Fiduciary Duty Rules Need Clarifying Says Urban Institute
WASHINGTON- The rich might be able save the world, but only if they focus on using their investments to change power dynamics, and they may need a little help from regulators, according to a new study from the Urban Institute.
The study said that if federal regulators would clarify the rules around the legal limits of “fiduciary duty,” the term for what financial professionals legally owe their clients, it could encourage more philanthropic investing.
Clarifying the rules around fiduciary duty, the report said, would allow fund managers to better grasp what they owe to investors and shareholders, as well as to know how factors such as lived experience can be included in assessing the long-term risks of an investment.
The study, “Power Shifting as a Form of Impact,” made several recommendations for focusing investors’ efforts to improve society, which the author claims will allow for the use of private capital in a way that might create social benefit for the country by fighting off inequality. Investors need to actively leverage their power to undo existing power hierarchies and to decrease racial inequality if they want to deliver on promises to change the world through investing, the report said.
Coronavirus has focused attention on racial and income inequality, especially as scholars say that the pandemic has made the consequences of systemic racism feel more pressing. Ruqaiijah Yearby and Seema Mohapatra of Saint Louis University’s School of Law, for example, have argued that the federal and state response to the coronavirus has lowered the access of racial and ethnic minorities to health care and increased the number of deaths for these communities, priming inequality to grow worse in the coming years.
The pandemic has also raised questions about whether attempts to use private capital to create societal change will, or even can, fix the structural problems perceived by scholars like Yearby and Mohapatra.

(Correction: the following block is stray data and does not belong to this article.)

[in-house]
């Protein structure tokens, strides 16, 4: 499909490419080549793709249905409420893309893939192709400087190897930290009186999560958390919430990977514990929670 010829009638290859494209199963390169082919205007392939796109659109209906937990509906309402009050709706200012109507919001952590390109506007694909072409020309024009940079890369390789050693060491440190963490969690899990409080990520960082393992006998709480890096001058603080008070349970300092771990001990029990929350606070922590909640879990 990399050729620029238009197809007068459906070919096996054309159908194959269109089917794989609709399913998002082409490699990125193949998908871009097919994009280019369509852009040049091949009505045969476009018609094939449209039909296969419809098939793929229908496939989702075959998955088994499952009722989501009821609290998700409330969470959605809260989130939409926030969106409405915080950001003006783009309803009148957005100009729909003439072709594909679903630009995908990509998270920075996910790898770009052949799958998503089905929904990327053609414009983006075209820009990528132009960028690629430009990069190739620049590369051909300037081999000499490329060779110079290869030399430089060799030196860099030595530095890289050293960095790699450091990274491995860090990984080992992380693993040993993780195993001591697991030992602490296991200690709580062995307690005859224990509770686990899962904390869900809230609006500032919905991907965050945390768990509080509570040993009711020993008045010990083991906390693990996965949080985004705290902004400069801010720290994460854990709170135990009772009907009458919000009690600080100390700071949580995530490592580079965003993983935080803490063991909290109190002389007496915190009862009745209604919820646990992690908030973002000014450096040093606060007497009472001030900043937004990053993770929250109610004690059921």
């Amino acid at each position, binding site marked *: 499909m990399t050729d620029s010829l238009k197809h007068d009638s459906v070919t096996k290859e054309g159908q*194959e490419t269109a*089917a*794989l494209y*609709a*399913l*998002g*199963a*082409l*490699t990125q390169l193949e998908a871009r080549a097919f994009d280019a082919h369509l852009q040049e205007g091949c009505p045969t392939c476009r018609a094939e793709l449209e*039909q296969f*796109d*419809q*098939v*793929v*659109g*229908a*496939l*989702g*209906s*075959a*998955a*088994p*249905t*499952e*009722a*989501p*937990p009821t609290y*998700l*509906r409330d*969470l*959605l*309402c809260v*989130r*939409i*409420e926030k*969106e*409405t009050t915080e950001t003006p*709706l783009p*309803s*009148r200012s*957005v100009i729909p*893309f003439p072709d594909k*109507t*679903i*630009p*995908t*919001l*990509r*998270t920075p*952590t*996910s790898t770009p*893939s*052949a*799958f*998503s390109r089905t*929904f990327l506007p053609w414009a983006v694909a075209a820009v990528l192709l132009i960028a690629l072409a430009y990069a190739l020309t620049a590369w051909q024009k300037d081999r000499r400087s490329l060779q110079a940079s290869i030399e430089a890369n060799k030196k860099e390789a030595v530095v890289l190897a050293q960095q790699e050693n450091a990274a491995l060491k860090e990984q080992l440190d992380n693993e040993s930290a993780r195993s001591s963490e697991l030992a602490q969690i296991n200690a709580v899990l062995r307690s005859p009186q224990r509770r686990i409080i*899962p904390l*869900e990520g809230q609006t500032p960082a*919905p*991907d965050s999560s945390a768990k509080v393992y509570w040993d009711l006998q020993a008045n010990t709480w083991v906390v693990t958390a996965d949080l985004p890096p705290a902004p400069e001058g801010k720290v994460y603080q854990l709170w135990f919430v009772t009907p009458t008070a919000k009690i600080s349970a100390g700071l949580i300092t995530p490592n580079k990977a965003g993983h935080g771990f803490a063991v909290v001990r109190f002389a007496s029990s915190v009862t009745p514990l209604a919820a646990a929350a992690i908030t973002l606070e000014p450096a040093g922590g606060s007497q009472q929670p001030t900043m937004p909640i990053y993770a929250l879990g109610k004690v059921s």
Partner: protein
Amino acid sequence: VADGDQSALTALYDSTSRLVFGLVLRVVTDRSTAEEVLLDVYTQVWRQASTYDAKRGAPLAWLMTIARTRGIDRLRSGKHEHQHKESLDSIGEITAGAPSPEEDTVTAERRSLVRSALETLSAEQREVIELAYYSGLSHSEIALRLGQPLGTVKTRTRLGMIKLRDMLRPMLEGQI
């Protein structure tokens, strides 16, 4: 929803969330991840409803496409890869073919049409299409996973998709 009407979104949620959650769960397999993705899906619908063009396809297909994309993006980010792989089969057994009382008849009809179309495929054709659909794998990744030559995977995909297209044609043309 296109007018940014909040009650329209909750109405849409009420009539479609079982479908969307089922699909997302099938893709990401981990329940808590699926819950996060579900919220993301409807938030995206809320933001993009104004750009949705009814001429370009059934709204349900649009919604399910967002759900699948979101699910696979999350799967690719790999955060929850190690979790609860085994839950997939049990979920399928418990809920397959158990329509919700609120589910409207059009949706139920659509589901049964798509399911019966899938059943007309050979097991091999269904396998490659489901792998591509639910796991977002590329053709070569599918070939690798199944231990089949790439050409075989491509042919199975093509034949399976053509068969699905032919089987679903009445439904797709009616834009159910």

The Urban Institute study specifically looked at “impact investing,” a form of investment that tries to encourage social or environmental change in addition to financial gains. The concern with this type of investment follows the wide acceptance of “sustainability,” which tends to emphasize the social and environmental impacts of corporate practice in addition to the usual business incentives that drive investors. Harvard Business Review has argued that investors are in the middle of a shift, an “investor revolution,” where private financiers have moved to embrace sustainability and other public-spirited practices.
This sort of investing, which blurs private and public interests, has a long and mixed history, according to another recent Urban Institute study.
Critics of impact investments point with skepticism to the history of dramatic, Silicon Valley-style promises about how the rich can save the world and eradicate the world’s problems, and they can point toward drastic failures such as the Indian government’s decision to shut down microfinancing in the Andhra Pradesh province after a rash of suicides in 2010, which were blamed on repayment practices. They also express concern that the shift may be more “hype” than meaningful action.
According to the second Urban Institute study, “Impact Investing and Critiques of Philanthrocapitalism,” reproofs of impact investing fall into four main arguments. First, that the commitments are all talk, calculated to look good but do little. Second, because private capital represents already powerful interests it cannot cause the necessary change, which would require changing that dynamic. Third, as a tool of private interests, investors hurt the public interest and are not democratically accountable. And finally, fourth, since capital is apolitical it avoids the political fight that would resolve the clash of interests that drives these problems.
Investors themselves, the first Urban Institute report said, need to think about shifting power dynamics if they want to deliver on their promises to change the world and not just offer empty chatter.
The report also offered policies for the federal government to encourage the use of private capital for fighting inequality, including allowing government-run programs like the Small Business Association and the U.S. Department of Agriculture to mandate “participatory investment processes,” which would allow them to “lead by example.”
The studies were published by the Urban Institute, a DC-based think tank.
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